alkaloid

noun
al·​ka·​loid | \ ˈal-kə-ˌlȯid How to pronounce alkaloid (audio) \

Definition of alkaloid

: any of numerous usually colorless, complex, and bitter organic bases (such as morphine or caffeine) containing nitrogen and usually oxygen that occur especially in seed plants and are typically physiologically active

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Other Words from alkaloid

alkaloidal \ ˌal-​kə-​ˈlȯi-​dᵊl How to pronounce alkaloid (audio) \ adjective

Examples of alkaloid in a Sentence

Recent Examples on the Web The malaria drug chloroquine was developed from quinine, an alkaloid found in the bark of the cinchona tree, which grows in the tropical highlands of South America. Paige Williams, The New Yorker, "Trump’s Dangerous Messaging About a Possible Coronavirus Treatment," 27 Mar. 2020 Indeed, while solitarious locusts avoid eating toxic plants, the gregarious locusts are actually attracted to the odor of hyoscyamine, a toxic alkaloid found in local plants. Matt Simon, Wired, "The Terrifying Science Behind the Locust Plagues of Africa," 5 Feb. 2020 Fatur cites several cases involving angry behavior associated with plants related to henbane, containing the same alkaloids. Jennifer Ouellette, Wired, "How Vikings Went Into a Trancelike Rage Before Battle," 21 Sep. 2019 Fatur cites several cases involving angry behavior associated with plants related to henbane, containing the same alkaloids. Jennifer Ouellette, Wired, "How Vikings Went Into a Trancelike Rage Before Battle," 21 Sep. 2019 Fatur cites several cases involving angry behavior associated with plants related to henbane, containing the same alkaloids. Jennifer Ouellette, Wired, "How Vikings Went Into a Trancelike Rage Before Battle," 21 Sep. 2019 Fatur cites several cases involving angry behavior associated with plants related to henbane, containing the same alkaloids. Jennifer Ouellette, Wired, "How Vikings Went Into a Trancelike Rage Before Battle," 21 Sep. 2019 Fatur cites several cases involving angry behavior associated with plants related to henbane, containing the same alkaloids. Jennifer Ouellette, Wired, "How Vikings Went Into a Trancelike Rage Before Battle," 21 Sep. 2019 Cassell noted that many common foods can become toxic in large quantities — including nutmeg, which can become a hallucinogen or the alkaloids in potatoes, which can be toxic. N'dea Yancey-bragg, USA TODAY, "Eating too much black licorice can be dangerous. Should you be worried this Halloween?," 31 Oct. 2019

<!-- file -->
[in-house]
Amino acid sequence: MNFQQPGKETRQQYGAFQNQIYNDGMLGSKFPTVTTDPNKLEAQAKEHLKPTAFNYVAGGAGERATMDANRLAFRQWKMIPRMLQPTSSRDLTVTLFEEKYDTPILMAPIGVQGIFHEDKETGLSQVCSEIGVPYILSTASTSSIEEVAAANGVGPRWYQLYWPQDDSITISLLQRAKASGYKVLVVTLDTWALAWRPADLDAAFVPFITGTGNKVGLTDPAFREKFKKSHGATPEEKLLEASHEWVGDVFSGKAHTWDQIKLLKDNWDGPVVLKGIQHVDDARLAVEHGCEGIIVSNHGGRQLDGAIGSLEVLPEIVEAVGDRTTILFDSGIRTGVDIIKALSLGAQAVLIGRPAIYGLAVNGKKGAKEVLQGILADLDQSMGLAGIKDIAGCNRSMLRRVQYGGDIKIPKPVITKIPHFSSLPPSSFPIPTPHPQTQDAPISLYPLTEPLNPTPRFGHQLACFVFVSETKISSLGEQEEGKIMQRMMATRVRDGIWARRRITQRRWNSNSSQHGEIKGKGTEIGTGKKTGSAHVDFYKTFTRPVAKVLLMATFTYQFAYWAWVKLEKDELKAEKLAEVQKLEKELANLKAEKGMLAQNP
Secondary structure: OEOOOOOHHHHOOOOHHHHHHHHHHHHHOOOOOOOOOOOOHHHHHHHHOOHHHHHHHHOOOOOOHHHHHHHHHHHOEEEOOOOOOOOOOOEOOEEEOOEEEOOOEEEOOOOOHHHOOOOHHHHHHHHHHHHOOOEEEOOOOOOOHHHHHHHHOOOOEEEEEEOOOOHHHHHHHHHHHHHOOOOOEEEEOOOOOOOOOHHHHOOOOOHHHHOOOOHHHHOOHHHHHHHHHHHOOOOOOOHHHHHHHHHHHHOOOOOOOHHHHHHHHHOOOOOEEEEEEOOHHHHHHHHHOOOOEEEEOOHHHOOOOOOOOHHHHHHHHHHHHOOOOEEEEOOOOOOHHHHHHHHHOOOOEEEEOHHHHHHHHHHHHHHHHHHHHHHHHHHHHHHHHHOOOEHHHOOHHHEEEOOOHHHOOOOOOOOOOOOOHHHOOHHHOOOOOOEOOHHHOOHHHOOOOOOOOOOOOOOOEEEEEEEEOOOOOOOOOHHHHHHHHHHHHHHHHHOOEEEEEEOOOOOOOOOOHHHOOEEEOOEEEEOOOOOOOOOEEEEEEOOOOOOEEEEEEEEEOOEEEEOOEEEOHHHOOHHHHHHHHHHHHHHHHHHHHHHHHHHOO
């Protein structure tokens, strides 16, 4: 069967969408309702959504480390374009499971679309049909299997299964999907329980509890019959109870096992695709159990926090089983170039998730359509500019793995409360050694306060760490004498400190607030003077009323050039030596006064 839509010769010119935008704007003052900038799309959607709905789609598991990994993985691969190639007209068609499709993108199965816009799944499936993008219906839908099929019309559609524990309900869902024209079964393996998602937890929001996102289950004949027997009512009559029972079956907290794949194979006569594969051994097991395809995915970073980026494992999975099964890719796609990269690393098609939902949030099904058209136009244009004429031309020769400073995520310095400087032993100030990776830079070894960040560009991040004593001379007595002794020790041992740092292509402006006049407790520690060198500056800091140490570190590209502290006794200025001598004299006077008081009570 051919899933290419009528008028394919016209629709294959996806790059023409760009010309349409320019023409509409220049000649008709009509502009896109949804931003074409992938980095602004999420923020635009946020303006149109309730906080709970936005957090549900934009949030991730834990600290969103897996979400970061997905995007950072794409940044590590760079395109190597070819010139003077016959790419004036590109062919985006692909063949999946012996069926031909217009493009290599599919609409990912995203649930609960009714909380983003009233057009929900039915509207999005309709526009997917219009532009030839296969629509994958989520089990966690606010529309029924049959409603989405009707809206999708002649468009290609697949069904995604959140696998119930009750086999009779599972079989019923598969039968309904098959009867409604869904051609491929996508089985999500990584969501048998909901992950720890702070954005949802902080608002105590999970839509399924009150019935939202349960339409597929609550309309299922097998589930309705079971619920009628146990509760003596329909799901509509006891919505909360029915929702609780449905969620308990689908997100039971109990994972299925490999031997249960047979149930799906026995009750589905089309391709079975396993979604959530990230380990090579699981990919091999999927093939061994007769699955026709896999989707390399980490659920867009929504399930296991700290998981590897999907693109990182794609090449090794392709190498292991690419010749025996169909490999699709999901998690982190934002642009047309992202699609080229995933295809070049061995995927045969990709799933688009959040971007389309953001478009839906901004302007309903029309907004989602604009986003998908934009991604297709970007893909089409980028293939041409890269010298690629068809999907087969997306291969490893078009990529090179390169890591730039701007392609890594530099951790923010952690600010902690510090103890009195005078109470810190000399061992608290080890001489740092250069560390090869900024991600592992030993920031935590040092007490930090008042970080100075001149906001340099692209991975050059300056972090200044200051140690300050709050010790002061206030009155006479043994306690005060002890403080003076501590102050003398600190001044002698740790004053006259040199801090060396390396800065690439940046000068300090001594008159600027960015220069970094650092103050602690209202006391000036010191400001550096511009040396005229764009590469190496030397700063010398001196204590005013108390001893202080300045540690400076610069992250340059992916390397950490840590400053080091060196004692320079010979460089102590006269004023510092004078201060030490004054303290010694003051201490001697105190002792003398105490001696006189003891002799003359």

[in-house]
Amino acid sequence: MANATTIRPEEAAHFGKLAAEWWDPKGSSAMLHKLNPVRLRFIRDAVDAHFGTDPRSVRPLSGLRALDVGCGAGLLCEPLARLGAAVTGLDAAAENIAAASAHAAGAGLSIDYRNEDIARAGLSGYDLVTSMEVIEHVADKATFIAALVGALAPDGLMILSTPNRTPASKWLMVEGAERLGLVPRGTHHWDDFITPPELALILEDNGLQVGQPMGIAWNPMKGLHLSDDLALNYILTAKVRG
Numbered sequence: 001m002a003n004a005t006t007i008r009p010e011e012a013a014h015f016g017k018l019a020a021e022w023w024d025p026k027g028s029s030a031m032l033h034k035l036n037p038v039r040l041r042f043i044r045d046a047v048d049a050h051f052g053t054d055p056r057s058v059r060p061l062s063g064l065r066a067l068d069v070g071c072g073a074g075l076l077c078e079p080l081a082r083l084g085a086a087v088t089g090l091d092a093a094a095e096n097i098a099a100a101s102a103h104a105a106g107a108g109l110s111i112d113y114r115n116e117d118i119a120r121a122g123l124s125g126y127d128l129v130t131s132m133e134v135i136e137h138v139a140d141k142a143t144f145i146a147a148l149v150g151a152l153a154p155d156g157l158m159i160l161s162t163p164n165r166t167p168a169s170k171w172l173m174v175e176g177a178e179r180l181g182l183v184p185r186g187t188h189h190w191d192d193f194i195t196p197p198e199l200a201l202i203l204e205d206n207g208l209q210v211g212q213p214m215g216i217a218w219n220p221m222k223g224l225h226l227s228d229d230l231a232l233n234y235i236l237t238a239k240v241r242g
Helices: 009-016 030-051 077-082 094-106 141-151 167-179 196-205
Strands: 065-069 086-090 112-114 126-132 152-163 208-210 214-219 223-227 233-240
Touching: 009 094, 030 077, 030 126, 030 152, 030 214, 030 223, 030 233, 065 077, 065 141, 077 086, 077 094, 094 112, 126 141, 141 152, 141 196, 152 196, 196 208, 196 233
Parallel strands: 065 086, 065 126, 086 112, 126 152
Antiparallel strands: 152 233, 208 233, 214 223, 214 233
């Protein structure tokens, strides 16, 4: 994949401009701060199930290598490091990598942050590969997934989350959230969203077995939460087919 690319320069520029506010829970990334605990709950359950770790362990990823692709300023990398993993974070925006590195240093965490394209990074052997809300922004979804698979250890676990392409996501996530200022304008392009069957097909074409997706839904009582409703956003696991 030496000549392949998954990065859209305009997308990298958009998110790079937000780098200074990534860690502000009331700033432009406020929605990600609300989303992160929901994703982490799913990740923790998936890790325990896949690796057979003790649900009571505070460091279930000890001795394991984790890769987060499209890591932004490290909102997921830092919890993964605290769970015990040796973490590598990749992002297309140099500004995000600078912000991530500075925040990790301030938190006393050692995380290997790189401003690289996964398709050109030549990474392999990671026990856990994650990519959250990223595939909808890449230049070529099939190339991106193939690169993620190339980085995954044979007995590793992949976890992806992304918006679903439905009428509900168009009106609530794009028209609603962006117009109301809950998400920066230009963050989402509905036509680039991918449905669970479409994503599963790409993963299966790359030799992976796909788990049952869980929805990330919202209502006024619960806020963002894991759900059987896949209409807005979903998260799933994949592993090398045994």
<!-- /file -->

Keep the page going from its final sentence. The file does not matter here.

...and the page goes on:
These example sentences are selected automatically from various online news sources to reflect current usage of the word 'alkaloid.' Views expressed in the examples do not represent the opinion of Merriam-Webster or its editors. Send us feedback.

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First Known Use of alkaloid

1820, in the meaning defined above

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Time Traveler for alkaloid

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The first known use of alkaloid was in 1820

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Cite this Entry

“Alkaloid.” Merriam-Webster.com Dictionary, Merriam-Webster, https://www.merriam-webster.com/dictionary/alkaloid. Accessed 7 Mar. 2021.

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More Definitions for alkaloid

alkaloid

noun
al·​ka·​loid | \ ˈal-kə-ˌlȯid How to pronounce alkaloid (audio) \

Medical Definition of alkaloid

: any of numerous usually colorless, complex, and bitter organic bases (as morphine or caffeine) containing nitrogen and usually oxygen that occur especially in seed plants and are typically physiologically active

Other Words from alkaloid

alkaloidal \ ˌal-​kə-​ˈlȯid-​ᵊl How to pronounce alkaloid (audio) \ adjective

More from Merriam-Webster on alkaloid

Britannica English: Translation of alkaloid for Arabic Speakers

Britannica.com: Encyclopedia article about alkaloid

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